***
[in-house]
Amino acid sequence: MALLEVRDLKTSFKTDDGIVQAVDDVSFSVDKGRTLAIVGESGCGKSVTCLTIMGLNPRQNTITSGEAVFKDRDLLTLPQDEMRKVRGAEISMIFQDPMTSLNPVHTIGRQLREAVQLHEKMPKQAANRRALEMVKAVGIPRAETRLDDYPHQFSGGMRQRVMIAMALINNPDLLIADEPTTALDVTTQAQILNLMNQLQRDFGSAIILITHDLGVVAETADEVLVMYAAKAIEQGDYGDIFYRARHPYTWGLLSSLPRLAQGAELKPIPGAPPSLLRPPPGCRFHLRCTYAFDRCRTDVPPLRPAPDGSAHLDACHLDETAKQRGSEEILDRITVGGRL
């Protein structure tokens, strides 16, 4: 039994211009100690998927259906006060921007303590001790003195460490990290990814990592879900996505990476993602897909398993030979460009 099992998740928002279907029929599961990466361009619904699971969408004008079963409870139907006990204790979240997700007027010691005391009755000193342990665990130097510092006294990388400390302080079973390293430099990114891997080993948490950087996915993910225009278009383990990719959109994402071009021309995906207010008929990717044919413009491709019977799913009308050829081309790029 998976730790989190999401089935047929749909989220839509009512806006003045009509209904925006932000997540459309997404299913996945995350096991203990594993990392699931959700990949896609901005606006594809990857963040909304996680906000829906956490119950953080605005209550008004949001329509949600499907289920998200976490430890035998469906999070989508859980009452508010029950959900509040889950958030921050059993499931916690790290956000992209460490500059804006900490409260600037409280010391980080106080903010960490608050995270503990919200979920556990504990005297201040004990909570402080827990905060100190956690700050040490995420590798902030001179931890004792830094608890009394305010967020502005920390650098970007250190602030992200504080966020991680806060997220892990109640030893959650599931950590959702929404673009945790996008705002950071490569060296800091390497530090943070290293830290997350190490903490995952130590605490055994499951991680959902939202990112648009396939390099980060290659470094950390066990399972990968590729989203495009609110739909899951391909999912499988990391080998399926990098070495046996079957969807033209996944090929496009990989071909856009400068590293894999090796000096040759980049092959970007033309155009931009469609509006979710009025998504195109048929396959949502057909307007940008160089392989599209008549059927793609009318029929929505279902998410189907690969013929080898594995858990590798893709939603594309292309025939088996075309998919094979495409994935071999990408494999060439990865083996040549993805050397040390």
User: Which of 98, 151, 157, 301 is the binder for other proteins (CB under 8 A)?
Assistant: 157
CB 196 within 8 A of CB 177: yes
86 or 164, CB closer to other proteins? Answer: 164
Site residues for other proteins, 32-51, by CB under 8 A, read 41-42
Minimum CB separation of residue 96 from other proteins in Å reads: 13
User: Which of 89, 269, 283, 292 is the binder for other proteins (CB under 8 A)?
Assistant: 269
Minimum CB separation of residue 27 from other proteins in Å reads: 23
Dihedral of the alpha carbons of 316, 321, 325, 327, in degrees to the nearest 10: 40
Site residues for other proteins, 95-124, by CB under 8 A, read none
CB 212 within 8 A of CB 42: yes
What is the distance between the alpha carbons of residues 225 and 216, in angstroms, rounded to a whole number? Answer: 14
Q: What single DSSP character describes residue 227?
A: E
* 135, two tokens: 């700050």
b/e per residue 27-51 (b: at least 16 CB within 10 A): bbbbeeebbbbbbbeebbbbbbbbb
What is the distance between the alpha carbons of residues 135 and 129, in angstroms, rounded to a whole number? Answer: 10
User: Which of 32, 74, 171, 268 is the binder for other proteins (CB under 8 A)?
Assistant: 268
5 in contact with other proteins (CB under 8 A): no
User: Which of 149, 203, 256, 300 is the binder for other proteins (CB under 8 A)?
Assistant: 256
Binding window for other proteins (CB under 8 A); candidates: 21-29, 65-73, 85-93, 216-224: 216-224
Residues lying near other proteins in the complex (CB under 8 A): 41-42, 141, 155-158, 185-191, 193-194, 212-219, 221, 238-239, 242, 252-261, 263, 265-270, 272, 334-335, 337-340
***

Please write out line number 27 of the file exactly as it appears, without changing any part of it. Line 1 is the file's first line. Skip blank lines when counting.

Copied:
Binding window for other proteins (CB under 8 A); candidates: 21-29, 65-73, 85-93, 216-224: 216-224